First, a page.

At some heightened moment during documentaries like “Weiner,” which take certain infamous public figures as their subjects, savvy moviegoers will expect to see That Scene. Typically, it’ll be the one that announces itself, using any number of conventions, as the linchpin, the money shot, the glimpse into the whirring engine that powers the rest of the plot, not to mention its subject.

Usually some key trait is exposed, or choice bit of intel is unearthed, that requires no formal film school training to recognize as the makings of a lethal character flaw, driving motive, chief asset—or as the case appears to be here, all of the above.

But armchair psychology enthusiasts and political junkies who catch this humdinger of a campaign film will probably find it hard to pick That Scene from the impressive lineup of options that “Weiner” presents. And does “Weiner” ever present. …

Which brings us to the blatant innuendo portion of our program: There is, of course, a really obvious big reveal in the Anthony Weiner saga. However, the former U.S. congressman turned New York City mayoral candidate spoiled that one, via Twitter, long before these unnerving, mesmerizing 90 minutes of cinematic prophesy for the 2016 election season entered post-production.

For the handful of readers who are somehow still functioning without this crucial information: In 2011, Weiner, then a rising star from New York’s Democratic political scene, was caught tweeting out a photo of his barely clad crotch with the intent of conclusively resolving—for a female audience that didn’t include his wife, longtime Hillary Clinton aide Huma Abedin—his stance on the important boxers-v.-briefs debate.

Worse, in 2013, after riding a freak wave of public forgiveness all the way to an even more improbable run for office, evidence surfaced of additional NSFW antics conducted in 140 characters or less. Another of Weiner’s sexting exchanges had gone public, this one featuring the mayoral hopeful completely nude. Weiner’s detractors went berserk, the inevitable jokes flew freely, and the once-promising politician’s notoriety was assured. The optics, as media handlers say, were not good.

In two catastrophic flourishes, Anthony Weiner’s career may have imploded, but his personal and professional failings provided the basis for what might be the most unnervingly canny big-screen treatment to date of America’s celebrity-mad political culture. And with that, the “Weiner” filmmakers were obliged to follow the lead of the voracious entertainment press by creating yet another build-’em-up-to-tear-’em-down spectacle.

Co-directors Josh Kriegman and Elyse Steinberg started out making a very different documentary from the one they ended up with, thanks to circumstances entirely out of their hands and, tragically, entirely in Weiner’s. But his fatal compulsion made for their strongest asset, as well as a more significant film than they would otherwise have been able to piece together.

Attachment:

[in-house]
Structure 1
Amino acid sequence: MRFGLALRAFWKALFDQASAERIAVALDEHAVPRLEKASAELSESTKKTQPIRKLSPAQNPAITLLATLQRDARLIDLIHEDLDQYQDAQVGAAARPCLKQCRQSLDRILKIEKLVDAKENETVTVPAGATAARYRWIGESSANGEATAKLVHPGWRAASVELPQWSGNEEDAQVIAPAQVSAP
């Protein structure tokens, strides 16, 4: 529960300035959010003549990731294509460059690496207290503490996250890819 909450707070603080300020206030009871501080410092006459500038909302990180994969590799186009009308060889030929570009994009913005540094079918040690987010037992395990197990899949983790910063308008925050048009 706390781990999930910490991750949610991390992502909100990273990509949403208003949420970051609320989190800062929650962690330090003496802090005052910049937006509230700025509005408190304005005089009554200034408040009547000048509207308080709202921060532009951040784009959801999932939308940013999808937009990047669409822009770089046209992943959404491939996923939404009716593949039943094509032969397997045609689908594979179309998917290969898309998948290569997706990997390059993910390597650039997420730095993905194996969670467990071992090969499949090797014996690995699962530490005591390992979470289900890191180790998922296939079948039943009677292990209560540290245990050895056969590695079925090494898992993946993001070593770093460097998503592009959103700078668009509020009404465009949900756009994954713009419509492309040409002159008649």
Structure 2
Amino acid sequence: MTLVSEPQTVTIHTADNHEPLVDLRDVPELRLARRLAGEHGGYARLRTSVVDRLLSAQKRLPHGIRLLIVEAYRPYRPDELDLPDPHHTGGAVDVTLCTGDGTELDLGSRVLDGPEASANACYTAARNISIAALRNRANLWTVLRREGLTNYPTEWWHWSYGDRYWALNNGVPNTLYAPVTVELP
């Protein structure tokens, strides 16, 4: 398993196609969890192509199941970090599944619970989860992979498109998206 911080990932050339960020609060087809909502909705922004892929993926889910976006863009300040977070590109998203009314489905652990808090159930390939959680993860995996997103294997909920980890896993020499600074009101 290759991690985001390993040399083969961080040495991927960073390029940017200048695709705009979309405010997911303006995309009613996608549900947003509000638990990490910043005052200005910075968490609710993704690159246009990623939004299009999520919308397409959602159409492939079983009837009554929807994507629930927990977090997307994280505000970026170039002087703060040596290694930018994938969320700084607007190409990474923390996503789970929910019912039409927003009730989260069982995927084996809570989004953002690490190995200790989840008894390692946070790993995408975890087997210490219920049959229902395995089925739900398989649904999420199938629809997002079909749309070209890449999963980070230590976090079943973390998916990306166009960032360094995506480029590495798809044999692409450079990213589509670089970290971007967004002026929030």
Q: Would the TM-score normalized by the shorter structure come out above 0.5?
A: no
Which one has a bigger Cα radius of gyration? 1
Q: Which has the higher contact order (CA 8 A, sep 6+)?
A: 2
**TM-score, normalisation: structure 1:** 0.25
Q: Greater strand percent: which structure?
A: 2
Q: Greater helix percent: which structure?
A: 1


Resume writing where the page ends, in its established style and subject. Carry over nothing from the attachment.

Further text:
Here it would be useful to note that Kriegman was previously Weiner’s chief of staff, which in part explains Weiner’s willingness to continue granting Kriegman and Steinberg access to his thoughts and his private world after his story changes so abruptly. Instead of shutting down the project, Weiner opts to face the music, and throngs of extremely keen journalists, allowing the filmmakers to capture the agonizing fallout as news of his second sketchy foray into cyberspace breaks like a bad rash to the barely contained horror of his family, his staffers and his supporters.

The technical term for the pandemonium that follows is unquestionably a shit show. Everyone wants in on the public evisceration, from talk show hosts to angry voters to smug rubberneckers. Likewise, “Weiner” viewers are invited to realize, at some point over the course of the documentary’s insane final act, that they, too, are part of the force that is pushing the machinery of publicity into the homes, and pants, of public figures and private citizens alike.

Given the state of the 2016 presidential campaign, that short while ago when Weiner’s last name became a one-word punchline seems like a quaint bygone era when the notion of the political scandal still held a negative charge. It’s safe to say that perception has been further challenged by a politician whom Weiner—let alone his wife—would never dream of assisting.

But back to the choice of the money-shot scene mentioned above. This viewer votes for a telling showdown between Weiner and MSNBC host Lawrence O’Donnell, who invites the twice-disgraced politician to appear on “The Last Word With Lawrence O’Donnell” just as Weiner’s mayoral campaign is sputtering to a halt. O’Donnell immediately fires off an opening question that a different sort of politician would’ve taken in a much different direction: “What is wrong with you?”

Weiner takes that as an invitation to scrap it out like an old-school Jerry Springer guest. Later that night, he watches playback from the show with what can best be described as glee, as Abedin watches him with a mixture of puzzlement and dismay.

But even that episode may not have taken Weiner out of the running for good. As the closing credits roll, he turns up again in more recent television footage: There he is on “Real Time With Bill Maher,” gamely cracking jokes, his comic timing as on-point as his political commentary.

It would take considerable time and even more finesse, but if recent history is any indication, we still may not have seen Anthony Weiner’s last act on the political stage.

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